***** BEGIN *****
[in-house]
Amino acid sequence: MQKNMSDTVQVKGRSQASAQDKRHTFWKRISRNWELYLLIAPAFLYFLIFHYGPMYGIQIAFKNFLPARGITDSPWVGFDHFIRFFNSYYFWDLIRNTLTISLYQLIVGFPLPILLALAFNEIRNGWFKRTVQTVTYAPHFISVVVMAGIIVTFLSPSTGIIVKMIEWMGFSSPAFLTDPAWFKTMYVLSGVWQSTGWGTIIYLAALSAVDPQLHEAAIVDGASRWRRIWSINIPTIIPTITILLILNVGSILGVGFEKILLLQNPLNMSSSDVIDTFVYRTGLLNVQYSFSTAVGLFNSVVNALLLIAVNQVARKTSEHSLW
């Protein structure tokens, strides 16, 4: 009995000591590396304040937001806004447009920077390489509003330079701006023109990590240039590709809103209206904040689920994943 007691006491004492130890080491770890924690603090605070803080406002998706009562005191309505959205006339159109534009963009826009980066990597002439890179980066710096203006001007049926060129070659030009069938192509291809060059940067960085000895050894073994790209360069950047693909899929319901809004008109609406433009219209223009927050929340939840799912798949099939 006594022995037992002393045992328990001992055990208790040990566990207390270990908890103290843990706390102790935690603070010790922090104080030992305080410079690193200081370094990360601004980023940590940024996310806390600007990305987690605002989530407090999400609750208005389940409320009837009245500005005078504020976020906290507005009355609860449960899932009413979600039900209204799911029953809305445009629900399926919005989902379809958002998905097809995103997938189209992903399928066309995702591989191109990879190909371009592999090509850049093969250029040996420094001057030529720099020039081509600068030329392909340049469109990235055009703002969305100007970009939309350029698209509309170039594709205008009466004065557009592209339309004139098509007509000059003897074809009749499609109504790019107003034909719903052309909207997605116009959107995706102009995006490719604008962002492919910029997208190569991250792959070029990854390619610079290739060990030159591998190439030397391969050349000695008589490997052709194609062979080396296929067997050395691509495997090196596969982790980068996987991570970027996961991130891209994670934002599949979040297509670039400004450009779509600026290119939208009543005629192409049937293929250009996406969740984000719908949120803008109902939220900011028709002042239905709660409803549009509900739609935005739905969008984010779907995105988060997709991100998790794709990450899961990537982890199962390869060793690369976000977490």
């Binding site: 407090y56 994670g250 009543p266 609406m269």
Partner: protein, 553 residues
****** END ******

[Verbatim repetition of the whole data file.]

[in-house]
Amino acid sequence: MQKNMSDTVQVKGRSQASAQDKRHTFWKRISRNWELYLLIAPAFLYFLIFHYGPMYGIQIAFKNFLPARGITDSPWVGFDHFIRFFNSYYFWDLIRNTLTISLYQLIVGFPLPILLALAFNEIRNGWFKRTVQTVTYAPHFISVVVMAGIIVTFLSPSTGIIVKMIEWMGFSSPAFLTDPAWFKTMYVLSGVWQSTGWGTIIYLAALSAVDPQLHEAAIVDGASRWRRIWSINIPTIIPTITILLILNVGSILGVGFEKILLLQNPLNMSSSDVIDTFVYRTGLLNVQYSFSTAVGLFNSVVNALLLIAVNQVARKTSEHSLW
């Protein structure tokens, strides 16, 4: 009995000591590396304040937001806004447009920077390489509003330079701006023109990590240039590709809103209206904040689920994943 007691006491004492130890080491770890924690603090605070803080406002998706009562005191309505959205006339159109534009963009826009980066990597002439890179980066710096203006001007049926060129070659030009069938192509291809060059940067960085000895050894073994790209360069950047693909899929319901809004008109609406433009219209223009927050929340939840799912798949099939 006594022995037992002393045992328990001992055990208790040990566990207390270990908890103290843990706390102790935690603070010790922090104080030992305080410079690193200081370094990360601004980023940590940024996310806390600007990305987690605002989530407090999400609750208005389940409320009837009245500005005078504020976020906290507005009355609860449960899932009413979600039900209204799911029953809305445009629900399926919005989902379809958002998905097809995103997938189209992903399928066309995702591989191109990879190909371009592999090509850049093969250029040996420094001057030529720099020039081509600068030329392909340049469109990235055009703002969305100007970009939309350029698209509309170039594709205008009466004065557009592209339309004139098509007509000059003897074809009749499609109504790019107003034909719903052309909207997605116009959107995706102009995006490719604008962002492919910029997208190569991250792959070029990854390619610079290739060990030159591998190439030397391969050349000695008589490997052709194609062979080396296929067997050395691509495997090196596969982790980068996987991570970027996961991130891209994670934002599949979040297509670039400004450009779509600026290119939208009543005629192409049937293929250009996406969740984000719908949120803008109902939220900011028709002042239905709660409803549009509900739609935005739905969008984010779907995105988060997709991100998790794709990450899961990537982890199962390869060793690369976000977490």
């Binding site: 407090y56 994670g250 009543p266 609406m269």
Partner: protein, 553 residues